- BBC News World
For many Nicaraguans, Cristiana Chamorro, the influential journalist who announced that she would run as an opposition candidate for the November presidential elections and that this Wednesday she was placed under house arrest, represents a link to her country’s past.
She is the daughter of Violeta Barrios de Chamorro, the woman who won the first government of Daniel Ortega at the polls in 1990.
“The first thing any Nicaraguan would tell you about her is that, that she is Violeta’s daughter,” Ana Margarita Vijil, a political analyst and former academic at the Polytechnic University of Nicaragua, tells BBC Mundo.
“Symbolically, Cristiana, who was closely linked to her mother’s government, also means for the current government the living memory of that defeat,” he adds.
In just a few months, Chamorro Barrios went from not doing (openly) politics to becoming the most visible face of the opposition in Nicaragua.
And in recent days, she has also become the main focus of tensions between the government and the opposition in the Central American nation, after she confirmed her aspiration to run as a candidate for the November 7 elections.
On Tuesday, shortly after registering to participate in the internal process of the Citizens for Freedom party, which will then choose a single opposition candidate, the Nicaraguan Prosecutor’s Office opened a process against him for “crimes of abusive management, ideological falsehood in real competition with the crime of money, property and asset laundering “.
He also requested his political disqualification “for not being in full enjoyment of his civil and political rights, for being in an investigative criminal process.” This was decreed by a Managua court.
This Wednesday, shortly before starting a press conference that he had called to condemn his own disqualification, the home of Chamorro Barrios was raided by the police and the opponent was placed under house arrest.
Both Chamorro and his family have denied the charges and say it is a political maneuver to prevent him from running for president.
But who is this renowned journalist and how did she end up as the new face of the opposition to Ortega?
Born in 1954 in Managua, Cristiana Chamorro Barrios is also the daughter of one of the most renowned journalists in the country, Pedro Joaquín Chamorro, director of the daily La Prensa, who was assassinated in 1978, in the last months of the Anastasio Somoza regime.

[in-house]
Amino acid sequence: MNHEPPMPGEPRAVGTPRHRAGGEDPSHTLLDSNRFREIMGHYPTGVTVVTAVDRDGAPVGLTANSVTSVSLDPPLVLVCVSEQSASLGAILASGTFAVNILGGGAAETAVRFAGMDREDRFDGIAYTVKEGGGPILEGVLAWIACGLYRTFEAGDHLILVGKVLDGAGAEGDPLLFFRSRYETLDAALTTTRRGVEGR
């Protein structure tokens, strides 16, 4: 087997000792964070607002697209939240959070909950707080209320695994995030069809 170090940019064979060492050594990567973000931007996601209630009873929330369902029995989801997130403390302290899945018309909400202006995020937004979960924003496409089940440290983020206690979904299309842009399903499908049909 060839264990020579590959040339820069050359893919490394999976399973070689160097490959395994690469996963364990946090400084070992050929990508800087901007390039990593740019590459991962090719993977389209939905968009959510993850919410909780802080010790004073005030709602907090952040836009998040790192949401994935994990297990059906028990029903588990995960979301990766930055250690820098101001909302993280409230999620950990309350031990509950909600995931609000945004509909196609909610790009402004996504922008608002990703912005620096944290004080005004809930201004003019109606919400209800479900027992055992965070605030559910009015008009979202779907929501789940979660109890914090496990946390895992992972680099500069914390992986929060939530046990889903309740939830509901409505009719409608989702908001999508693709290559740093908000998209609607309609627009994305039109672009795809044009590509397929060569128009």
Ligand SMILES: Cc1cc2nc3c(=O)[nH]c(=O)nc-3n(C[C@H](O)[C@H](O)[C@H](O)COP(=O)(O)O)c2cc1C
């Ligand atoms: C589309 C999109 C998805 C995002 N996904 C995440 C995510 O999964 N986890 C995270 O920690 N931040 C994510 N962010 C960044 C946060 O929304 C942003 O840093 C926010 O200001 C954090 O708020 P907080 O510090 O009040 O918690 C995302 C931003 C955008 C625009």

His family has been for centuries not only one of the richest, but also one of the most powerful in the country: five of his ancestors, including his mother, were presidents of Nicaragua.
Although he studied History and Philosophy and did a master’s degree in Latin American History and Literature, family ties between journalism and politics marked his career.
In 1979, she started as a reporter for La Prensa, the newspaper her mother had run since her husband’s murder.
At age 35, Chamorro Barrios became editor of the publication and shortly after, was one of the architects of the campaign that brought her mother to the presidency.
With Violeta Barrios at the head of Nicaragua, the daughter took care of national and international communication and public relations tasks for the Executive, while remaining at the head of the traditionally opposition newspaper (which from then on became the “spokesperson” for the new government. ).
Chamorro Barrios married the politician Antonio Lacayo, who was Minister of the Presidency during his mother’s government and who died in a helicopter accident in 2015.
“Later, she created the Violeta Barrios Foundation, in honor of her mother, who is now at the center of this problem,” recalls Vijil.
“It is an organization that has helped train the media and that became very relevant after the protests that took place three years ago began,” he adds.
In 2018, Nicaragua experienced a wave of demonstrations calling for Ortega to leave power and which, according to human rights organizations, were harshly repressed and caused some 328 deaths, hundreds of political prisoners and the exile of more than 100,000 people.
Vijil recalls that in those years, the government closed many media outlets and that then, the Foundation became a learning platform for the hundreds of journalists who had to redirect their work.